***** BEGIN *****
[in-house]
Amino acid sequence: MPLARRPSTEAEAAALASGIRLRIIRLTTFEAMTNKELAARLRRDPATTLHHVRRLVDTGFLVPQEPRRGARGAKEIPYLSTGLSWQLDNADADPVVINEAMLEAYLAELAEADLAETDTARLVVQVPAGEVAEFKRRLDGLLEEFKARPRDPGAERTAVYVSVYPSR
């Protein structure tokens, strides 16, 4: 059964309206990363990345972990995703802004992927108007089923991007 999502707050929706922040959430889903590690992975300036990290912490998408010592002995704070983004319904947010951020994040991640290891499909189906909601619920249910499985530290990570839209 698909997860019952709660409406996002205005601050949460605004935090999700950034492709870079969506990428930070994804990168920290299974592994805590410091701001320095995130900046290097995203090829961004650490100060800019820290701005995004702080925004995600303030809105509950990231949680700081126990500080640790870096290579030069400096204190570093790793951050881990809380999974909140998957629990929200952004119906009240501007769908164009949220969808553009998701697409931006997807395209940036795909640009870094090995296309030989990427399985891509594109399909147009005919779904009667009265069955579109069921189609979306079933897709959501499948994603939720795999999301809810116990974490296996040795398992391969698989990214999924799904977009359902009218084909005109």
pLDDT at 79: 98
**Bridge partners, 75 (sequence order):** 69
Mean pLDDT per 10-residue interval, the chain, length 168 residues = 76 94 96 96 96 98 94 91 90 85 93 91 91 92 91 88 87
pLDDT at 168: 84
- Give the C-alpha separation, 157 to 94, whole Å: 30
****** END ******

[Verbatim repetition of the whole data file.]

[in-house]
Amino acid sequence: MPLARRPSTEAEAAALASGIRLRIIRLTTFEAMTNKELAARLRRDPATTLHHVRRLVDTGFLVPQEPRRGARGAKEIPYLSTGLSWQLDNADADPVVINEAMLEAYLAELAEADLAETDTARLVVQVPAGEVAEFKRRLDGLLEEFKARPRDPGAERTAVYVSVYPSR
């Protein structure tokens, strides 16, 4: 059964309206990363990345972990995703802004992927108007089923991007 999502707050929706922040959430889903590690992975300036990290912490998408010592002995704070983004319904947010951020994040991640290891499909189906909601619920249910499985530290990570839209 698909997860019952709660409406996002205005601050949460605004935090999700950034492709870079969506990428930070994804990168920290299974592994805590410091701001320095995130900046290097995203090829961004650490100060800019820290701005995004702080925004995600303030809105509950990231949680700081126990500080640790870096290579030069400096204190570093790793951050881990809380999974909140998957629990929200952004119906009240501007769908164009949220969808553009998701697409931006997807395209940036795909640009870094090995296309030989990427399985891509594109399909147009005919779904009667009265069955579109069921189609979306079933897709959501499948994603939720795999999301809810116990974490296996040795398992391969698989990214999924799904977009359902009218084909005109």
pLDDT at 79: 98
**Bridge partners, 75 (sequence order):** 69
Mean pLDDT per 10-residue interval, the chain, length 168 residues = 76 94 96 96 96 98 94 91 90 85 93 91 91 92 91 88 87
pLDDT at 168: 84
- Give the C-alpha separation, 157 to 94, whole Å: 30